John Stossel: Taxing life away
Bob's my accountant. I like Bob, but I don't like that I have to have an accountant. I don't want to spend time keeping records and talking to Bob about boring things I don't understand, and I really don't want to pay Bob. But I have to.
The tax code is now complex enough that most Americans now hire Bob, or his equivalent. Instead of inventing things, doing charity work or just having fun, we waste weeks (and billions of dollars) on tax preparation.
"What the tax code is doing is trying to choose our values for us," complains Yaron Brook from the Ayn Rand Institute. I think I choose my own values, but it's true that politicians use taxes to manipulate us. Million-dollar mortgage deductions steer us to buy bigger houses, and solar tax credits persuaded me to put solar panels on my roof. Brook objects to every manipulation in the code: "It's telling us charity is good!"
That's possible, but since a charity will probably spend the money better than government will, isn't it good that the code encourages people to give? Steve Forbes argues that if taxes were flat and simple, Americans would give more. "Americans don't need to be bribed to give ... In the 1980s, when the top rate got cut from 70 down to 28 percent ... charitable giving went up. When people have more, they give more."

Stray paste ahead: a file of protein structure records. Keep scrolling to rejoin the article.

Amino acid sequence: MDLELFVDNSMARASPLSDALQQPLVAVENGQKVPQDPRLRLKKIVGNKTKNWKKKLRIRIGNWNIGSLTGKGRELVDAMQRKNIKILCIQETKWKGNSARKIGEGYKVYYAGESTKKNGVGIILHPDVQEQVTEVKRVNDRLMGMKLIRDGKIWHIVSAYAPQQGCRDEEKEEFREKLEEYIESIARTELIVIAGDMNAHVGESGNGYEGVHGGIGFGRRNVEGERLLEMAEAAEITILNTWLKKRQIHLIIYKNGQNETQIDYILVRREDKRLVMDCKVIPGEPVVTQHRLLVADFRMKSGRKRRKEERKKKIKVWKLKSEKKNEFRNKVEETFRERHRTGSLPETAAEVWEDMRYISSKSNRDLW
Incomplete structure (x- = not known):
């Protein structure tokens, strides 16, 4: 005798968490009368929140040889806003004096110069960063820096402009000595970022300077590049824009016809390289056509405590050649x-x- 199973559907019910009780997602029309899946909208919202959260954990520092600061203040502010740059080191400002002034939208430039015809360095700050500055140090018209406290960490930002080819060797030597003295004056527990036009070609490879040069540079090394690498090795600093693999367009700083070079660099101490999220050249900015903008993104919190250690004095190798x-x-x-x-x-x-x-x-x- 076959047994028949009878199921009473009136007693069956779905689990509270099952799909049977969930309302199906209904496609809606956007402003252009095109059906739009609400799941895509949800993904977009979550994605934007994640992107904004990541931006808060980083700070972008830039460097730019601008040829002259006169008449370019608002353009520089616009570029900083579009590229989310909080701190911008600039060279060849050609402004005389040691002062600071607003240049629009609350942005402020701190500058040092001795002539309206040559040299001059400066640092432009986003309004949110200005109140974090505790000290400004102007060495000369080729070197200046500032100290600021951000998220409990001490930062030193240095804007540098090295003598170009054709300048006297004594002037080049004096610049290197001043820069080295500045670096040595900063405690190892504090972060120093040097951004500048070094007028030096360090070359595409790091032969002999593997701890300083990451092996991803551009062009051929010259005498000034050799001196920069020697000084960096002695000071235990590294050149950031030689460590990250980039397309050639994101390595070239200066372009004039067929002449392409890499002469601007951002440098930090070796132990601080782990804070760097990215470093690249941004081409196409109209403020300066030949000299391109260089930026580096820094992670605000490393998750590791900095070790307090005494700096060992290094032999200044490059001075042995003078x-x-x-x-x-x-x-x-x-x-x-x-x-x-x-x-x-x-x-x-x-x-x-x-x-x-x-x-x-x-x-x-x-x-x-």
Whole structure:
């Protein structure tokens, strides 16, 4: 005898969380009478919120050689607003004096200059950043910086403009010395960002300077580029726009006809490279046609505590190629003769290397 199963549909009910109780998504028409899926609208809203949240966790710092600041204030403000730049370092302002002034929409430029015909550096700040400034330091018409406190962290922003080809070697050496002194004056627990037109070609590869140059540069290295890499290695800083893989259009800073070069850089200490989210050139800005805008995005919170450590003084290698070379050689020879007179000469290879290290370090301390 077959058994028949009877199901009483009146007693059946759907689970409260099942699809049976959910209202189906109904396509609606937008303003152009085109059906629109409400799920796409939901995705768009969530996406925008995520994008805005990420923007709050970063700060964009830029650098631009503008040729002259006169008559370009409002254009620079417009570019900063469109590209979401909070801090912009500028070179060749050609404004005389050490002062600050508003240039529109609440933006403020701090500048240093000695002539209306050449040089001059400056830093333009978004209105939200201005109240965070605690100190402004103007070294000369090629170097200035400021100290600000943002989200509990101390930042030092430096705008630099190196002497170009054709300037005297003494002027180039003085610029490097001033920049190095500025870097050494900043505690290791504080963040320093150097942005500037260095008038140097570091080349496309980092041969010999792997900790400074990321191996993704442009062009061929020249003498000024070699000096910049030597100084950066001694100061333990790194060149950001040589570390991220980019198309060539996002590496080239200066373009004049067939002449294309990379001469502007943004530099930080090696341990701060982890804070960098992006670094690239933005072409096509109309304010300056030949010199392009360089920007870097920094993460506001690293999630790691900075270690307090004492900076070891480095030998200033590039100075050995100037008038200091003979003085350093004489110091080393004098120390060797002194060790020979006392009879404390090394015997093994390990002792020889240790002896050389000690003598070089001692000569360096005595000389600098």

It's why we ended up with a sluggish health care market unresponsive to individual desires — leading to the insistence that we need a government-managed alternative like Obamacare.
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Market Basket walkout a future case study
UPDATED: Thousands of Market Basket employees rally; company board issues statement on purchase offer, reaffirms support for new CEOs
Basket case: Saga of a supermarket